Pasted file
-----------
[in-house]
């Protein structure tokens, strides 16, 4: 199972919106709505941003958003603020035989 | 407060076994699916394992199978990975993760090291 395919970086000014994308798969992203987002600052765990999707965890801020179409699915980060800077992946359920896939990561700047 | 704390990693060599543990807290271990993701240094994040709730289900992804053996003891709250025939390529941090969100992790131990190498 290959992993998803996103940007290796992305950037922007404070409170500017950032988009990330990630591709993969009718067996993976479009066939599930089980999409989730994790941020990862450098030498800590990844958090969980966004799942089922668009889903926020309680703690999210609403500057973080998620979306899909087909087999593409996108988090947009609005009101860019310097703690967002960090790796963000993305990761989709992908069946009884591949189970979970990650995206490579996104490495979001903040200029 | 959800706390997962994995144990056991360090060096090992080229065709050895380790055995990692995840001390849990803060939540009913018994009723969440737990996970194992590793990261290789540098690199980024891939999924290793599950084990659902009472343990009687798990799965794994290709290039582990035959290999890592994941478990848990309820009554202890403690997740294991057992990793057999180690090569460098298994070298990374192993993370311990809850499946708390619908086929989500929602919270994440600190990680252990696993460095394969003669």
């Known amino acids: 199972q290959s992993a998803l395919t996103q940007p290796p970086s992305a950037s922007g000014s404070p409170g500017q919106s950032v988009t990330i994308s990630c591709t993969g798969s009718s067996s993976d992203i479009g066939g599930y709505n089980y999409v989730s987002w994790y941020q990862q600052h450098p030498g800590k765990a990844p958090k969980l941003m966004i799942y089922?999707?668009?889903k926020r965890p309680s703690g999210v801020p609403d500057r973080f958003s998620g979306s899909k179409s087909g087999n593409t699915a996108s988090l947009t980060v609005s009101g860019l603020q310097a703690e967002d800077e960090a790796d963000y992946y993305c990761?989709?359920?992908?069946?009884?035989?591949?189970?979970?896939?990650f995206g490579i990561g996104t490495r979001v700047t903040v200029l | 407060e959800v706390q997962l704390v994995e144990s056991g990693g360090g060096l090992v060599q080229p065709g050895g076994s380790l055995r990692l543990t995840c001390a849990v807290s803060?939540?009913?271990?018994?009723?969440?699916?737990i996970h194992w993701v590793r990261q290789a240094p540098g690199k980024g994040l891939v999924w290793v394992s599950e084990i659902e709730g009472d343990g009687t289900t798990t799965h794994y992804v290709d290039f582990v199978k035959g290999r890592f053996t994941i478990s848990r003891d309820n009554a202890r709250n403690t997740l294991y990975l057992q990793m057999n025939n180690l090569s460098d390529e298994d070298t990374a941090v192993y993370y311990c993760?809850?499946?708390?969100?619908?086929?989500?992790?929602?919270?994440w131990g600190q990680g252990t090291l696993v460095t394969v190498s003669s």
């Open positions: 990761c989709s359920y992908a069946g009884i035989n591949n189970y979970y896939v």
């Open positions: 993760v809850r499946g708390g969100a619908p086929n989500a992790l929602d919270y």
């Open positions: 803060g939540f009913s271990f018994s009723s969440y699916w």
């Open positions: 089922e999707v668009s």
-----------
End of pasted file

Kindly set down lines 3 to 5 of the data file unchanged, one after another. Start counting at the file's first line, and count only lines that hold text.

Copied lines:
């Known amino acids: 199972q290959s992993a998803l395919t996103q940007p290796p970086s992305a950037s922007g000014s404070p409170g500017q919106s950032v988009t990330i994308s990630c591709t993969g798969s009718s067996s993976d992203i479009g066939g599930y709505n089980y999409v989730s987002w994790y941020q990862q600052h450098p030498g800590k765990a990844p958090k969980l941003m966004i799942y089922?999707?668009?889903k926020r965890p309680s703690g999210v801020p609403d500057r973080f958003s998620g979306s899909k179409s087909g087999n593409t699915a996108s988090l947009t980060v609005s009101g860019l603020q310097a703690e967002d800077e960090a790796d963000y992946y993305c990761?989709?359920?992908?069946?009884?035989?591949?189970?979970?896939?990650f995206g490579i990561g996104t490495r979001v700047t903040v200029l | 407060e959800v706390q997962l704390v994995e144990s056991g990693g360090g060096l090992v060599q080229p065709g050895g076994s380790l055995r990692l543990t995840c001390a849990v807290s803060?939540?009913?271990?018994?009723?969440?699916?737990i996970h194992w993701v590793r990261q290789a240094p540098g690199k980024g994040l891939v999924w290793v394992s599950e084990i659902e709730g009472d343990g009687t289900t798990t799965h794994y992804v290709d290039f582990v199978k035959g290999r890592f053996t994941i478990s848990r003891d309820n009554a202890r709250n403690t997740l294991y990975l057992q990793m057999n025939n180690l090569s460098d390529e298994d070298t990374a941090v192993y993370y311990c993760?809850?499946?708390?969100?619908?086929?989500?992790?929602?919270?994440w131990g600190q990680g252990t090291l696993v460095t394969v190498s003669s």
């Open positions: 990761c989709s359920y992908a069946g009884i035989n591949n189970y979970y896939v």
């Open positions: 993760v809850r499946g708390g969100a619908p086929n989500a992790l929602d919270y």